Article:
Pay attention to confidentiality provisions.
Service provider contracts often contain confidentiality clauses. If the DOL asks to see your service provider contracts, look for confidentiality provisions first. If present, you must get permission from your providers before sending the contracts to the DOL.
Get a receipt.
When turning over documentation to the DOL, always ask for a receipt as proof that you provided the information requested.
If you found and corrected a problem, show the DOL only if the problem was identified by the DOL. Only respond to what they ask. You don’t need to volunteer more information than what they’ve requested.
Provide information in advance.
Send as much documentation and information to the DOL as you can prior to their on-site visit. It may reduce the time they need to spend on site—something you and they will appreciate.
Prepare for trustee/plan sponsor interviews.
- Offer phone interviews rather than face-to-face to reduce expenses.
- Have counsel present.
- If you don’t know the answer, be honest. The answer can be provided later. Likewise, a correct answer can be provided later if you inadvertently misspeak.
- Request interviews with only one trustee or plan sponsor representative at a time, rather than as a group. This will give counsel time to talk with each individual between interviews.
Once the audit starts, the public can get access to your plan’s documentation through Freedom of Information Act (FOIA) requests. Ask the DOL to keep all information confidential as proprietary, and ask them to notify you if a FOIA request has been made.
Develop a communication plan.
While the audit is ongoing, decide how you’ll handle a request from the DOL if they want to communicate directly with participants. Also decide how you’ll answer inquiries from participants if they hear about the audit. After the audit is complete, the DOL may issue a press release. Develop a message for participants—Explain what the audit was about and actions that have been taken. Develop a message for the public as well.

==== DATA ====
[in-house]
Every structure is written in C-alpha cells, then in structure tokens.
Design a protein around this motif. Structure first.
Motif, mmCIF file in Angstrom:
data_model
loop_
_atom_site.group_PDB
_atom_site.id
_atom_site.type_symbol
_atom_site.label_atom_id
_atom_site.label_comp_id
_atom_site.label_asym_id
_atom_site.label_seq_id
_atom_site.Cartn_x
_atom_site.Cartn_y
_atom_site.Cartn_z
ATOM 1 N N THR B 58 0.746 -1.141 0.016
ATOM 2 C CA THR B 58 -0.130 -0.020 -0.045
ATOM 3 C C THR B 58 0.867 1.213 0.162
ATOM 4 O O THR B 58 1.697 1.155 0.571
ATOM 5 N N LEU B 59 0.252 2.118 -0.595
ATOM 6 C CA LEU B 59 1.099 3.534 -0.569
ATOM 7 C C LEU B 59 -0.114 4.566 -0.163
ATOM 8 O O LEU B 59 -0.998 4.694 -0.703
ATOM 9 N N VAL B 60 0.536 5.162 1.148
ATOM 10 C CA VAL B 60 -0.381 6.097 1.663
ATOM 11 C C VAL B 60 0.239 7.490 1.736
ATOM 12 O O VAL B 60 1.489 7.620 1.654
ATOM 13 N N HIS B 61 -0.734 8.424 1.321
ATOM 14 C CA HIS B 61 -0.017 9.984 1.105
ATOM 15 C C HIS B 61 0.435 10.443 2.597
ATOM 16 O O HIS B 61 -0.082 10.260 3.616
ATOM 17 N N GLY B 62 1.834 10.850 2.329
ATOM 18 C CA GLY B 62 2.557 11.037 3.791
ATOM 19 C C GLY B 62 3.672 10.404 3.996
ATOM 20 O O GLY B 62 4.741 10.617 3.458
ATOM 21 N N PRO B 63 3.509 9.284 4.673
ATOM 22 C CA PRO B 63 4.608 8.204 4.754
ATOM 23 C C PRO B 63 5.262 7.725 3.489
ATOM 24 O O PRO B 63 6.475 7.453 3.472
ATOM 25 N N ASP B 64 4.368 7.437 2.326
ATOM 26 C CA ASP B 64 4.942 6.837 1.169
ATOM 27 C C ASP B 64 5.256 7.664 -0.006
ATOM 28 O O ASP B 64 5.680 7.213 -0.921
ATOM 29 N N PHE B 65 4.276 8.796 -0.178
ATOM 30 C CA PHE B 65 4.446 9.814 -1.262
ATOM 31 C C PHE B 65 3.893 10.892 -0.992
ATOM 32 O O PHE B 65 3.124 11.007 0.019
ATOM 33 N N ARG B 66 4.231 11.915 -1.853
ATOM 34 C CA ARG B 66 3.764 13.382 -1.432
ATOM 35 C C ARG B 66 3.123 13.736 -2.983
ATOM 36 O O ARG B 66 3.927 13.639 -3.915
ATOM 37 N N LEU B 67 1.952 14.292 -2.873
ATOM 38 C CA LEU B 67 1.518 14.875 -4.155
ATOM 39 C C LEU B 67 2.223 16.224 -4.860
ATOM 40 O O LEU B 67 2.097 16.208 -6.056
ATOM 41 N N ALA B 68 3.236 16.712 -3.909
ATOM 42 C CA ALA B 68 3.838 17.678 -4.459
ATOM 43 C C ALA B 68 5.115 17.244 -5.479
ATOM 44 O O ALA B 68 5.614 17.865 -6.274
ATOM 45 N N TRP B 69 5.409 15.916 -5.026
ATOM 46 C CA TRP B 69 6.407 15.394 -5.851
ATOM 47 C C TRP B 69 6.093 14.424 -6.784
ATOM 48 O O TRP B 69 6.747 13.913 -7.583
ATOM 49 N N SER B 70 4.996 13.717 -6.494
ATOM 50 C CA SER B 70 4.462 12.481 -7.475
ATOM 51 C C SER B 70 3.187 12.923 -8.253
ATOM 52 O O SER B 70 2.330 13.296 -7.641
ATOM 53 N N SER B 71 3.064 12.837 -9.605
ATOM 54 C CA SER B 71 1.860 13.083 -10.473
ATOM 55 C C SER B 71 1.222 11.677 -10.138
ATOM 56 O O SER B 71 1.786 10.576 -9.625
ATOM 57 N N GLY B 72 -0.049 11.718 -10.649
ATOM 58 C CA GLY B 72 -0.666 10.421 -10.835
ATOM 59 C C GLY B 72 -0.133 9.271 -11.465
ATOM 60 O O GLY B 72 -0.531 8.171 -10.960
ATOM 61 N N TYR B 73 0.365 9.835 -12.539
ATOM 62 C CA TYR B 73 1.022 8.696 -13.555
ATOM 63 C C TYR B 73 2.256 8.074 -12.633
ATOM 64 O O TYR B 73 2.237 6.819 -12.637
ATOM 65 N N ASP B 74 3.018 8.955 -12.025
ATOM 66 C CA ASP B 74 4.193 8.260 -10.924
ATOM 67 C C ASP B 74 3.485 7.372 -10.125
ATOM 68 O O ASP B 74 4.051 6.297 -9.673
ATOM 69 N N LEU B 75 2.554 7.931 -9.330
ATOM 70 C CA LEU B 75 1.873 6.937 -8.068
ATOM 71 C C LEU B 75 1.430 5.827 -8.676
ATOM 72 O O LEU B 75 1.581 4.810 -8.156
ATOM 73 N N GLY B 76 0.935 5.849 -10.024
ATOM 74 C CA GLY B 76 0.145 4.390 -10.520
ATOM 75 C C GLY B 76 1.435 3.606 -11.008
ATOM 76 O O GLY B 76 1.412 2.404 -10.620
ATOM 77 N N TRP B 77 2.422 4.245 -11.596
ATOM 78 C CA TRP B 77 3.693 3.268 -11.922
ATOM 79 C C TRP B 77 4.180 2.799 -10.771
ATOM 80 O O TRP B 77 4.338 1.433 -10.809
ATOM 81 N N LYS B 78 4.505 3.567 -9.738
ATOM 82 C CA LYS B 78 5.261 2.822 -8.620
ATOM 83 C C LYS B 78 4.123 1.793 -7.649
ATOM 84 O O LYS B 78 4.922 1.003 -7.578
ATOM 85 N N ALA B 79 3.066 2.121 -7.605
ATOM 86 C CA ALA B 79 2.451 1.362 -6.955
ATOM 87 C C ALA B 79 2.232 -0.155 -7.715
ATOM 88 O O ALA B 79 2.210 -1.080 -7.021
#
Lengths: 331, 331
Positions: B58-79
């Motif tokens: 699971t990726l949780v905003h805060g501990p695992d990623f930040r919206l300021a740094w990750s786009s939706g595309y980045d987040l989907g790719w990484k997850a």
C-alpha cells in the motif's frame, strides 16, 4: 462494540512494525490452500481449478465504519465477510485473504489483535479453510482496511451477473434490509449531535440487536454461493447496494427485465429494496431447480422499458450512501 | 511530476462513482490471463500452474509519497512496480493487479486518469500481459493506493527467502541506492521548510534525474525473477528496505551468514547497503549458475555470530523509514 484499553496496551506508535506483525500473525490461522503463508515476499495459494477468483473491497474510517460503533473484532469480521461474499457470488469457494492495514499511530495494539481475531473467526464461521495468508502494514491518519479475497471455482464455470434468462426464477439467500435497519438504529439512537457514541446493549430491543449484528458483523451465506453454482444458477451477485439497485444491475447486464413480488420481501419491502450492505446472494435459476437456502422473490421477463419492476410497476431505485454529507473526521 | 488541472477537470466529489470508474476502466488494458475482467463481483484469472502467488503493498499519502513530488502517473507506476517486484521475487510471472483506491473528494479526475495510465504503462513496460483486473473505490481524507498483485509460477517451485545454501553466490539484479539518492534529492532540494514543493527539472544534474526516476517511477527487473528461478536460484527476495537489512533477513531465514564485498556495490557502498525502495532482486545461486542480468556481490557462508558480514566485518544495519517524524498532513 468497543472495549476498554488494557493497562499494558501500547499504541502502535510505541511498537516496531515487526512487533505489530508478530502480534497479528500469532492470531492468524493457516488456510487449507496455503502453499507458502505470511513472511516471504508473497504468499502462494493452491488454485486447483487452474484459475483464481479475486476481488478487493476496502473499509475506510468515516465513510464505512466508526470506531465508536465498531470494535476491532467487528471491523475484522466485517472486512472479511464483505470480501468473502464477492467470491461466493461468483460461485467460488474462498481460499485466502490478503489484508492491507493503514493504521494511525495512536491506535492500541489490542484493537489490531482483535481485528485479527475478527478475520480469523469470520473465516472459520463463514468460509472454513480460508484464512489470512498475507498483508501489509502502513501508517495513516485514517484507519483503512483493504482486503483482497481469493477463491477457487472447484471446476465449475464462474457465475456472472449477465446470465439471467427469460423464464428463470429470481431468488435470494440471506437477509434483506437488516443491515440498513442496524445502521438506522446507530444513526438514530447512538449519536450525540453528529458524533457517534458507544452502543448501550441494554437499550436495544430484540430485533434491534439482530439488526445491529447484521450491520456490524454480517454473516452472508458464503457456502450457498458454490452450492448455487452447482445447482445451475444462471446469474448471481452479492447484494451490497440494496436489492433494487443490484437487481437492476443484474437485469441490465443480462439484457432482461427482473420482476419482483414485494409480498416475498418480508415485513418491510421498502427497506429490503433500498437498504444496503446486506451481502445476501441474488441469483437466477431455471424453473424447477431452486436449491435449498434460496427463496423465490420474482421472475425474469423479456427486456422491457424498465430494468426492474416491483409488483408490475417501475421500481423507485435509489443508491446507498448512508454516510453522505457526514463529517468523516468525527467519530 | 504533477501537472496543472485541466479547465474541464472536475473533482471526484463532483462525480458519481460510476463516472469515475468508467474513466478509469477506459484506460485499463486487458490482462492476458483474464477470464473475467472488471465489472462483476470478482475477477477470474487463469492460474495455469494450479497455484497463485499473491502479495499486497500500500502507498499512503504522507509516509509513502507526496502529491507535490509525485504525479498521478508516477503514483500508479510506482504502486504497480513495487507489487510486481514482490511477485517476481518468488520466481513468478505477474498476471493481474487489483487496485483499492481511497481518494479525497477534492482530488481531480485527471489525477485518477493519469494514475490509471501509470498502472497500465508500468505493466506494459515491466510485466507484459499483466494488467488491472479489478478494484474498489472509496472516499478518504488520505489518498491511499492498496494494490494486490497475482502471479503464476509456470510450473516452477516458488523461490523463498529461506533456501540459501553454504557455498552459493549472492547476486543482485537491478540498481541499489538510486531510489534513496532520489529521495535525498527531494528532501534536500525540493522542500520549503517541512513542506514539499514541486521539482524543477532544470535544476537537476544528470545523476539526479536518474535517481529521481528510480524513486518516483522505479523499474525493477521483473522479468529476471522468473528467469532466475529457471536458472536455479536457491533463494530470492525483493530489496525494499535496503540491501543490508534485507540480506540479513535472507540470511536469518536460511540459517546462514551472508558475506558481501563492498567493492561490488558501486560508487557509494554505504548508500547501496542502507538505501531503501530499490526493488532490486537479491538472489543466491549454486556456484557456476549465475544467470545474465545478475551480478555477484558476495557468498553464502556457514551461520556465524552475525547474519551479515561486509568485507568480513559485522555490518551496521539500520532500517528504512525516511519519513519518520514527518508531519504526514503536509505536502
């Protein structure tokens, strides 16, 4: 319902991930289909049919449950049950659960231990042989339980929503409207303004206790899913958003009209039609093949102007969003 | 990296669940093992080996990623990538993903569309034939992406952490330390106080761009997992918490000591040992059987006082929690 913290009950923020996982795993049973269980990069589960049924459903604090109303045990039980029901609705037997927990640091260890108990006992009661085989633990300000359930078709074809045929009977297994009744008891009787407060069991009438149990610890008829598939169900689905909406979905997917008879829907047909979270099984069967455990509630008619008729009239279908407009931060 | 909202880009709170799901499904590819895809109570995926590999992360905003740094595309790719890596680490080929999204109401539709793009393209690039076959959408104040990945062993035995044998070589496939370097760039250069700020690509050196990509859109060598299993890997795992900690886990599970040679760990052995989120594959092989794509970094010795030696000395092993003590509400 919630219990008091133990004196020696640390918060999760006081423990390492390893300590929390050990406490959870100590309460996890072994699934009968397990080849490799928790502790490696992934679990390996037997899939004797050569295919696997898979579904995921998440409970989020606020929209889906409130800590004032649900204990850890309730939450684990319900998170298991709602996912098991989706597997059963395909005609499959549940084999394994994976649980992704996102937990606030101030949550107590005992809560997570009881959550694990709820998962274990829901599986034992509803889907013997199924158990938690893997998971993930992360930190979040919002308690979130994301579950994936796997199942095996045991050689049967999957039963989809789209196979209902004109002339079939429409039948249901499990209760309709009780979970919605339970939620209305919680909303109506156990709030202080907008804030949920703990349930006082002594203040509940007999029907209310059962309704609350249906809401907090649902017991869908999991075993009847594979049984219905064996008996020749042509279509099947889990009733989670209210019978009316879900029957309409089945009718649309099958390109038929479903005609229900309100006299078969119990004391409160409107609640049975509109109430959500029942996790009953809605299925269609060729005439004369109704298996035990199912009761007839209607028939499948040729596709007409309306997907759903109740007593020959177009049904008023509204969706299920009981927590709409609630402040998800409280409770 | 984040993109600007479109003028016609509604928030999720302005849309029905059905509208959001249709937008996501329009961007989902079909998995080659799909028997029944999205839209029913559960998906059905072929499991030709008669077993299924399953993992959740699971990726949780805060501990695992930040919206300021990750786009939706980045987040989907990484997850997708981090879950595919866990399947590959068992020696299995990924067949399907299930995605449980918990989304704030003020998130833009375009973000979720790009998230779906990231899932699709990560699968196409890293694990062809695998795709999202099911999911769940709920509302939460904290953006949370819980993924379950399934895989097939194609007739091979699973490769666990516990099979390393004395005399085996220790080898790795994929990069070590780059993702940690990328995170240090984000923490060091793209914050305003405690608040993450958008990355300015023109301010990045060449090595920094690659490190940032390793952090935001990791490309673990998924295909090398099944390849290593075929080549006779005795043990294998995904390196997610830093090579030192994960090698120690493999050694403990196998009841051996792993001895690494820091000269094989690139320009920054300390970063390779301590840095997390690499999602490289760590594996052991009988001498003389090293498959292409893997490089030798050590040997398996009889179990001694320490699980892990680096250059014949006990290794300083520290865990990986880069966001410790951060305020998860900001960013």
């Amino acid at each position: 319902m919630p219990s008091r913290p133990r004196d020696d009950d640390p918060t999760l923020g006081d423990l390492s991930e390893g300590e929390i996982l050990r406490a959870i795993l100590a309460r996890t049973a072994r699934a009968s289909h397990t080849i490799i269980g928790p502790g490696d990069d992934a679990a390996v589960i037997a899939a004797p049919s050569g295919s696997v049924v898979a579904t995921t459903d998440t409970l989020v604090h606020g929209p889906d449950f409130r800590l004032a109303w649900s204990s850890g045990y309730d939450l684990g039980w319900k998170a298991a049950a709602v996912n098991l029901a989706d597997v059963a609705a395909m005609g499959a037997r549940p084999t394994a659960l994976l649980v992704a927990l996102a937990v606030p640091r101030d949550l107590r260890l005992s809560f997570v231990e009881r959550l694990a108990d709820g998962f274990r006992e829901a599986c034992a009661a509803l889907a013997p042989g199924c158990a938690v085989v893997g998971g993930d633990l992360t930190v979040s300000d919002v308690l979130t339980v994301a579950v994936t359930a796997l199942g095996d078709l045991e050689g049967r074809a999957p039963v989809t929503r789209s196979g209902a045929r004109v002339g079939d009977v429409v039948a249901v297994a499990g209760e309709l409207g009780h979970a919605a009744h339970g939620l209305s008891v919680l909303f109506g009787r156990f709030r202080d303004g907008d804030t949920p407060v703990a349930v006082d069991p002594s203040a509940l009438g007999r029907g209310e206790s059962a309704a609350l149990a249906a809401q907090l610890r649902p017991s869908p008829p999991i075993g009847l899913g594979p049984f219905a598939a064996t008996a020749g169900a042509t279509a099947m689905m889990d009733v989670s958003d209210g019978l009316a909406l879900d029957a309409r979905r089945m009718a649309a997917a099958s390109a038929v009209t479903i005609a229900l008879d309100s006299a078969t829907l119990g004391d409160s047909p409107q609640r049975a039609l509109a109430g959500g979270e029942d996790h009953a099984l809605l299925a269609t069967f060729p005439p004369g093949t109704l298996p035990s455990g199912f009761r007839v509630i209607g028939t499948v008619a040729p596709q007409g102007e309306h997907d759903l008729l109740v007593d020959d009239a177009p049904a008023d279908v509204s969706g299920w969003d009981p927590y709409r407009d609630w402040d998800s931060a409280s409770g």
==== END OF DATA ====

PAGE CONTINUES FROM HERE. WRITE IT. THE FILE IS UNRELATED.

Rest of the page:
After the Benefit Plan Audit:
Make needed changes as necessary.
Also monitor operations to make sure those changes have been implemented.
Know that it could happen again.
Don’t assume you won’t be audited again in the near future. There is a myth that the DOL will not conduct another audit for three years. This isn’t true; they can close a case and come back immediately.
Use the experience as a learning opportunity. Review plan design, compliance, policies and procedures. Involve your administrator and professionals in any discussions about changes in practices even if the discussions can be difficult. Accountability is important to prevent repeat problems. Make changes proactively and as needed.
A DOL benefit plan audit can be unsettling. Remember to keep the process cordial and professional. Using the tips above, and advice from your plan’s legal counsel, the process can be manageable.
Julie Stich, CEBS
Vice President, Content, at the International Foundation
Written by International Foundation of Employee Benefit Plans staff. This does not constitute legal advice. Consult your plan professionals for legal advice.